GRAD SCHOOL & WORLD OF WORK  I wasn’t at all surprised that Adelphi University was the polar opposite of Howard. It was situated in Garden City, New York, a wealthy, white, suburban community, and, other than the School of Social Work,  its student body was predictably almost entirely white. I wasn’t distracted by the demographics. I knew it beforehand and was there for one reason: Earn the master’s degree. I was focused and empowered.     Remember, this was a joint sociology/social work program. I had a great relationship with my sociology faculty advisor, but I was increasingly drawn to the School of Social Work’s training in direct services to marginalized people. Graduate social work education, then and now, consists of three weekdays of field work training in a reputable social agency under the close supervision of an experienced graduate social worker, with the other two days spent in the classroom.   My field work assignment was to assist adjudicated [...]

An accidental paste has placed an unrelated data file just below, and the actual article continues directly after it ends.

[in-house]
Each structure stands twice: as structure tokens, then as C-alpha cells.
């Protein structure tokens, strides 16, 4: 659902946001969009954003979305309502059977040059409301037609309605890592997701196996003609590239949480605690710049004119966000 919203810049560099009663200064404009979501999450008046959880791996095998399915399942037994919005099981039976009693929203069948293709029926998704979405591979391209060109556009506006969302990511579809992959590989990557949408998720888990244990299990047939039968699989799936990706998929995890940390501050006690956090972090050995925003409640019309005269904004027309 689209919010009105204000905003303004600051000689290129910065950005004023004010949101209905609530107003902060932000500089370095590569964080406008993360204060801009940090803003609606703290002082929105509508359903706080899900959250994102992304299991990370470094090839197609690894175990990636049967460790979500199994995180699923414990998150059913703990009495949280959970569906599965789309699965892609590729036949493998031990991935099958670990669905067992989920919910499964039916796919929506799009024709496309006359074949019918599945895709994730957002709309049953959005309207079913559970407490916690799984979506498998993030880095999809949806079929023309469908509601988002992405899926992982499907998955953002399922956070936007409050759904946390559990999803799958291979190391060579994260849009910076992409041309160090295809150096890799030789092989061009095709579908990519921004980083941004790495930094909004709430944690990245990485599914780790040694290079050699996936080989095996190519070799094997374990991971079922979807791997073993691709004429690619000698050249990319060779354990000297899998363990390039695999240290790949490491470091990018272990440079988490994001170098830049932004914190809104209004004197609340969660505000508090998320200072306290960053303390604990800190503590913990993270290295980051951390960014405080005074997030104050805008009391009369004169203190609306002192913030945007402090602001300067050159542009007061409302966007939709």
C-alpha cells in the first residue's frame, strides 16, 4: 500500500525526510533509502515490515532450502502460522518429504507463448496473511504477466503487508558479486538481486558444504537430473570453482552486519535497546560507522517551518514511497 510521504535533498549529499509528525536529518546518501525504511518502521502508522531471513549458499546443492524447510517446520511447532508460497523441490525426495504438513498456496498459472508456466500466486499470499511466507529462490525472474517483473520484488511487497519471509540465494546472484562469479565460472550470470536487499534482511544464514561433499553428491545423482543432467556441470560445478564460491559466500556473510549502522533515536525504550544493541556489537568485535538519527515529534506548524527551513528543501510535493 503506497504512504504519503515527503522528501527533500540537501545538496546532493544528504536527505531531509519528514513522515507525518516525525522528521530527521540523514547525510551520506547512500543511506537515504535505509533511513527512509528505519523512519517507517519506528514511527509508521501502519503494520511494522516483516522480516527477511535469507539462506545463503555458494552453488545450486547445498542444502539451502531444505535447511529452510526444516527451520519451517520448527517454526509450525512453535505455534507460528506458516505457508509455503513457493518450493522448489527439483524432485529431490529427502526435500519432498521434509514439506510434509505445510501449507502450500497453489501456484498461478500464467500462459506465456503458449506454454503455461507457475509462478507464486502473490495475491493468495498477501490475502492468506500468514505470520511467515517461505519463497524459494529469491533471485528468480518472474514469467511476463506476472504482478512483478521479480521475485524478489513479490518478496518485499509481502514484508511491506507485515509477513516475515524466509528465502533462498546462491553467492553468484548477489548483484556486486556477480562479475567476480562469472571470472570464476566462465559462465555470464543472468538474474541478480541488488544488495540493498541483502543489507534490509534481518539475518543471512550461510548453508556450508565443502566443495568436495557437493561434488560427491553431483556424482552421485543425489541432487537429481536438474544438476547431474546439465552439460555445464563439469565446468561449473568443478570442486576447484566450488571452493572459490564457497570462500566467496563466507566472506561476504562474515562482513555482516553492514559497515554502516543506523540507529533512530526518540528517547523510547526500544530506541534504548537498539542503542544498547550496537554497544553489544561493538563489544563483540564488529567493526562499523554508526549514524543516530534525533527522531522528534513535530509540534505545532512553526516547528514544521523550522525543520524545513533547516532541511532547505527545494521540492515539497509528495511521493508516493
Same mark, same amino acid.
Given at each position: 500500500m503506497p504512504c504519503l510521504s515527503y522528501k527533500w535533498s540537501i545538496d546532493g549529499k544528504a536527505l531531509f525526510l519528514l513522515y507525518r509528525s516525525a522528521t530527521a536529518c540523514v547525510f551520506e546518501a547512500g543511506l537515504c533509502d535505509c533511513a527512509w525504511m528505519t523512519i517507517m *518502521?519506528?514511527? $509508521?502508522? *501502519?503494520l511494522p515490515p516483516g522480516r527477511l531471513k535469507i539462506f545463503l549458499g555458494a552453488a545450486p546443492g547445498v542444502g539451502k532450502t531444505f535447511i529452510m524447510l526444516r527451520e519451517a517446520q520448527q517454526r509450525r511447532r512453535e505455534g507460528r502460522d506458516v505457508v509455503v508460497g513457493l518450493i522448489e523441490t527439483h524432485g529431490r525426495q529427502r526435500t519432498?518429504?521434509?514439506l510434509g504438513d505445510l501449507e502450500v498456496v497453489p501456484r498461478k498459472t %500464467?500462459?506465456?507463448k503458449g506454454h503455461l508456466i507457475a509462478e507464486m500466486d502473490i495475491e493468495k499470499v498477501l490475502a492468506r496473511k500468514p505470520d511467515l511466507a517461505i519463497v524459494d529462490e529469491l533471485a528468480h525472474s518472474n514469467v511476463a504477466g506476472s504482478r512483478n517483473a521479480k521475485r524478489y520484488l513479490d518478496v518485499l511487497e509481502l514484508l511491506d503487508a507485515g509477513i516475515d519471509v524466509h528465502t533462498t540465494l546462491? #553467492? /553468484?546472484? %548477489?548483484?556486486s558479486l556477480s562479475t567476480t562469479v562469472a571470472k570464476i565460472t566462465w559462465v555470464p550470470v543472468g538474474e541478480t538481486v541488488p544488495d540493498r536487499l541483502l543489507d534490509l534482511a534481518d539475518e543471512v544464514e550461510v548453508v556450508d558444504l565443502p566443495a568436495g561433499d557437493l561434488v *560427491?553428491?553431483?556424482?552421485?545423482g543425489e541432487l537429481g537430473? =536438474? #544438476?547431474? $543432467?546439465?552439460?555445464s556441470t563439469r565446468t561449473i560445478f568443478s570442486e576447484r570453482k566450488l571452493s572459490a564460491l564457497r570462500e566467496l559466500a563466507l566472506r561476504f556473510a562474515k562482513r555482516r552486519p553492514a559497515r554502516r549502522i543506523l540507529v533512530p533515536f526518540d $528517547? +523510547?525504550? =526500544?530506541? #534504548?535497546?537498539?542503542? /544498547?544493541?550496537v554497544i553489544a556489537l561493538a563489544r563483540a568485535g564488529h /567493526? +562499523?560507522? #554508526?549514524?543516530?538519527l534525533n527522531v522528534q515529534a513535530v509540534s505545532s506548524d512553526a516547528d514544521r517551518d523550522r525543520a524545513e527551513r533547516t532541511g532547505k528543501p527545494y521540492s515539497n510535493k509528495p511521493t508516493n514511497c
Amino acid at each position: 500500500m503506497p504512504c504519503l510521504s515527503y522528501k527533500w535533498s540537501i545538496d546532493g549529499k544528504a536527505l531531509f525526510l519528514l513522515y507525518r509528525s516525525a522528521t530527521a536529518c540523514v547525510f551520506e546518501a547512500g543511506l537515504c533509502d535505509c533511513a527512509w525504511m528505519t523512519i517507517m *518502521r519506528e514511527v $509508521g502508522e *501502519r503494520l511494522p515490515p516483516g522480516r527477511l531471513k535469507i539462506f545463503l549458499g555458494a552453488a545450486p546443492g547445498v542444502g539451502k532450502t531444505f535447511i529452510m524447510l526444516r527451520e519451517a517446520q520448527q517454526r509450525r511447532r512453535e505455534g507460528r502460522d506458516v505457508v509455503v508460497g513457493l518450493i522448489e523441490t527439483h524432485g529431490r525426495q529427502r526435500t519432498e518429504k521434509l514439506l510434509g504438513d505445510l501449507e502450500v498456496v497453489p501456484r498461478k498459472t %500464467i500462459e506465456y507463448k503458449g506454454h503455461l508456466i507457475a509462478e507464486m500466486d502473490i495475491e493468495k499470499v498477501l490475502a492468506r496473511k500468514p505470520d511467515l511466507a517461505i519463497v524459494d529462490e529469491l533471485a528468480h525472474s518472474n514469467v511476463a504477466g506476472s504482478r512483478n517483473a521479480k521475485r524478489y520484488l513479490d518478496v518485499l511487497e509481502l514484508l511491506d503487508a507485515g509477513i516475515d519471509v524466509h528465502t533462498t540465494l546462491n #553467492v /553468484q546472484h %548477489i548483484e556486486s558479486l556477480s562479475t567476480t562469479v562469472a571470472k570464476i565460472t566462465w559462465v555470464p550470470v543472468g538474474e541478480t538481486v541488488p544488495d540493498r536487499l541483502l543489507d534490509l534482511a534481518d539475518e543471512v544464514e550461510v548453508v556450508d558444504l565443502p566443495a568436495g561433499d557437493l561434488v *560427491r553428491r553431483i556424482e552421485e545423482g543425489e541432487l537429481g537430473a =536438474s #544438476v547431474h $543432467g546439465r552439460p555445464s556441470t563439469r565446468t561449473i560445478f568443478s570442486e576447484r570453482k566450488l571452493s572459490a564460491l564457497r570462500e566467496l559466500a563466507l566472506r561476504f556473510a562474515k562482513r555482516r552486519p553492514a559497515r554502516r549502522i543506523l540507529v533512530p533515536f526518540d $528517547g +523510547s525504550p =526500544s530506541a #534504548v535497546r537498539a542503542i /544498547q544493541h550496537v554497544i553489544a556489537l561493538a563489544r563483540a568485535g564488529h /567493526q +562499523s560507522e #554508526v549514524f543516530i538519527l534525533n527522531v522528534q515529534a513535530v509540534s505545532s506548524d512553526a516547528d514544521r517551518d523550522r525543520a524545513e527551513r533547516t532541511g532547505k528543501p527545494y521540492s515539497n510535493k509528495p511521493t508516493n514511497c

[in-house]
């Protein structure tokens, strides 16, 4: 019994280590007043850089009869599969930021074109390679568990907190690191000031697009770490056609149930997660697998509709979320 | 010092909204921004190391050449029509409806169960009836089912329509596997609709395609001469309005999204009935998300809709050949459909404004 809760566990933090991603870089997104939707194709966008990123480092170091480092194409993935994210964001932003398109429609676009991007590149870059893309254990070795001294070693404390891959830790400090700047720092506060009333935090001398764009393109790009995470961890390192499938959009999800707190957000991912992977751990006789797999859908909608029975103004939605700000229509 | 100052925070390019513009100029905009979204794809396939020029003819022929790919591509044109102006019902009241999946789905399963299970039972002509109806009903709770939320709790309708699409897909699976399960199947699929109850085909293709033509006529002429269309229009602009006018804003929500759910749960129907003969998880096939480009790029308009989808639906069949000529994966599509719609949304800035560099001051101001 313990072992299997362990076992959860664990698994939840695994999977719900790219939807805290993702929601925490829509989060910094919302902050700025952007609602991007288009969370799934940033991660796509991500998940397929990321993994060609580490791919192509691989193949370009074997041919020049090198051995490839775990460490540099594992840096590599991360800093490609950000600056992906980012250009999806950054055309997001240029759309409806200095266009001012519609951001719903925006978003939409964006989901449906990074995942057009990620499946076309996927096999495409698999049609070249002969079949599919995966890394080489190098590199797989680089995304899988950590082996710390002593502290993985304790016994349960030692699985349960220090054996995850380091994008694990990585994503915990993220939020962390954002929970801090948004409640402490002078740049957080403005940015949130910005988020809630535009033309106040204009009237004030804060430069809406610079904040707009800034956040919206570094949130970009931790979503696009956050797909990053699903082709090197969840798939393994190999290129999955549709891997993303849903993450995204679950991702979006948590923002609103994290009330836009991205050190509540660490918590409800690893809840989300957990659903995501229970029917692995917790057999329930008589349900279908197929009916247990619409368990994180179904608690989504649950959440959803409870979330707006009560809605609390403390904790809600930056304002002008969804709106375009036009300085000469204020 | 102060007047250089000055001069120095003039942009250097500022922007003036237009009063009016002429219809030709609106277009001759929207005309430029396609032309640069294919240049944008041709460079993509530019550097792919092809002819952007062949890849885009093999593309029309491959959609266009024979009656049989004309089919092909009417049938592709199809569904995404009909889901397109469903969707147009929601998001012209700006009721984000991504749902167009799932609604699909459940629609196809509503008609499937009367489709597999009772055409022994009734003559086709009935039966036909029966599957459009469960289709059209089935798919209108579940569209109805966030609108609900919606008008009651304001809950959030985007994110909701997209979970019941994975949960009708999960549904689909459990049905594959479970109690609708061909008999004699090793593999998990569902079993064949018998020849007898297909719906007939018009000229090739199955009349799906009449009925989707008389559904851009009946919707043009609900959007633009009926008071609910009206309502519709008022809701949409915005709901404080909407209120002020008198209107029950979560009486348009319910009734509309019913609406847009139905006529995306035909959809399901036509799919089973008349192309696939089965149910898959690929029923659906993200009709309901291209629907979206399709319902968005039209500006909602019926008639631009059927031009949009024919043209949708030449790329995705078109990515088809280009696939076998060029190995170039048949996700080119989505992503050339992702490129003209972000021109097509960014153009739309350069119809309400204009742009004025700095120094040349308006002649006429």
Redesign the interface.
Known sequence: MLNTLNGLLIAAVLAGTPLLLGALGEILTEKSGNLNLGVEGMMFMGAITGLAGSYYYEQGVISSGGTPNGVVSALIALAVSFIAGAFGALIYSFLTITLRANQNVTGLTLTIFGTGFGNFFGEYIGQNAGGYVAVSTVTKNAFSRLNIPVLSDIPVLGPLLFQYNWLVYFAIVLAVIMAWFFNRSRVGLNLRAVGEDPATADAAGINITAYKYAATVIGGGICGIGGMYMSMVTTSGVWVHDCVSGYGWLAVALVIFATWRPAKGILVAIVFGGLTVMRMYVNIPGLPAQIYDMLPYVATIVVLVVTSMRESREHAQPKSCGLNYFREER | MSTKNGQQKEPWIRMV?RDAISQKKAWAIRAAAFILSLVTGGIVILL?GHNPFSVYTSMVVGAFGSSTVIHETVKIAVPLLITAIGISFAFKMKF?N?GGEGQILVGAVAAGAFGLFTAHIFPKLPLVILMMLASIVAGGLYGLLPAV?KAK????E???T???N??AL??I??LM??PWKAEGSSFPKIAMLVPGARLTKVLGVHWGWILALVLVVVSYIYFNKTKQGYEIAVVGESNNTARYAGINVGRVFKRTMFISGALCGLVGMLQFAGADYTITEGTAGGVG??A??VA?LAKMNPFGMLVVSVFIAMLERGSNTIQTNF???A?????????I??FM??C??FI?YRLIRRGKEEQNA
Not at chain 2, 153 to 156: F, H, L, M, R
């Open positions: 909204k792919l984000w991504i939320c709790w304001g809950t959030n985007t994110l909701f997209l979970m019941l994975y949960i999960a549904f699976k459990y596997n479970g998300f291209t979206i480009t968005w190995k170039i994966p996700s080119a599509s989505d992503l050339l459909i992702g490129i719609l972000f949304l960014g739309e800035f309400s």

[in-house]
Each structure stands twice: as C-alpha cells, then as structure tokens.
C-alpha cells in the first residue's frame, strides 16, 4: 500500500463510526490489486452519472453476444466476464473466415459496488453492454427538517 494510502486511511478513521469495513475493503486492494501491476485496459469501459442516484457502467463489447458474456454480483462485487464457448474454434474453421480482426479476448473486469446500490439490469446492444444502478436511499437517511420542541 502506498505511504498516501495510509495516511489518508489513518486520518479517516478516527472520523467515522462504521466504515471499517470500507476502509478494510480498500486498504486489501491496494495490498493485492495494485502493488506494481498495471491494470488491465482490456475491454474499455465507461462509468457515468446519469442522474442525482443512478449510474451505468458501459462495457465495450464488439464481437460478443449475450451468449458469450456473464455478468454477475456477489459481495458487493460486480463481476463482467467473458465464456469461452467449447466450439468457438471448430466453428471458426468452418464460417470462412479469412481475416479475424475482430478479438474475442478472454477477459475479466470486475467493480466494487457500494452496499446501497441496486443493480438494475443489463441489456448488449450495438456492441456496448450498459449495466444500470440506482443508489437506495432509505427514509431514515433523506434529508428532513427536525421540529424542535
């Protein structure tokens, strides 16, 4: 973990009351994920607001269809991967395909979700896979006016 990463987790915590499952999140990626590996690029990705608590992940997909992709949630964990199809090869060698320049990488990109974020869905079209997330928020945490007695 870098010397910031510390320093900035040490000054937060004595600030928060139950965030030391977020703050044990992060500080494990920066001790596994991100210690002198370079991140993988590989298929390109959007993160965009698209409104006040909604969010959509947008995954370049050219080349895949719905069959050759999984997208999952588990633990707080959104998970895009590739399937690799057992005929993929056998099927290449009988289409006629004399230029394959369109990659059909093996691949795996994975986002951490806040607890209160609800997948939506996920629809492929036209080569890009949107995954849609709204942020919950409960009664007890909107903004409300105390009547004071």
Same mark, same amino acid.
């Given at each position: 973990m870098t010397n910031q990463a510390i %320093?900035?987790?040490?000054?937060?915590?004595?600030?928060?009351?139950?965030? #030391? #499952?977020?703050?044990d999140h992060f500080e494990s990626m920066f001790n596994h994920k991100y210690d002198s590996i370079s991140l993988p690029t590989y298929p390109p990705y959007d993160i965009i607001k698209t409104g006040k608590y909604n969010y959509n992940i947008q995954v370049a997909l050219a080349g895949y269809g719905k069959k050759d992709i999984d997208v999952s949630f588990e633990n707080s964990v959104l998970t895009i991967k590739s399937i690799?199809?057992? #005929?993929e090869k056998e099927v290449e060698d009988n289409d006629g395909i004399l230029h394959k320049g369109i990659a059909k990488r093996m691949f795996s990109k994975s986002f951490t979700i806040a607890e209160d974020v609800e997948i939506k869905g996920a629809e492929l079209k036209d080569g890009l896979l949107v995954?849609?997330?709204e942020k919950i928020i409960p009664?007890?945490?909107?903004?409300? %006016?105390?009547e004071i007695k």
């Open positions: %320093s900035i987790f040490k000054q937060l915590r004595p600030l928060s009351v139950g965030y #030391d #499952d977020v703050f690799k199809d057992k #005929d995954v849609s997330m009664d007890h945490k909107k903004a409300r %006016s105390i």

19. Accountability & All in for Equality

By |2021-03-22T03:07:37+00:00January 12th, 2021|Lloyd Johnson|

ACCOUNTABILITY    Any expectation that after two stints in jail, my older brother had left his violent criminal behavior behind him were for naught in May 1959.   Late in 1958, Calvin’s second wife executed a carefully choreographed plan and left him for parts unknown because of his long-term abuse. She and I had had a close relationship, and I never for a millisecond doubted her when she finally told me about his abusive behavior. Like so many such victims, she had kept his abuse to herself for many years.   In the early evening of Saturday, May 31, 1959, Calvin burst into her brother’s home and murdered him, shooting him six times before his mother, wife, and child. We never learned specifically what had motivated this horrific killing. Calvin was seriously wounded by the police in the course of his arrest, survived and was tried convicted, and sentenced to 40 years to life imprisonment. The sentence was reduced on appeal to 20 years to life, almost all [...]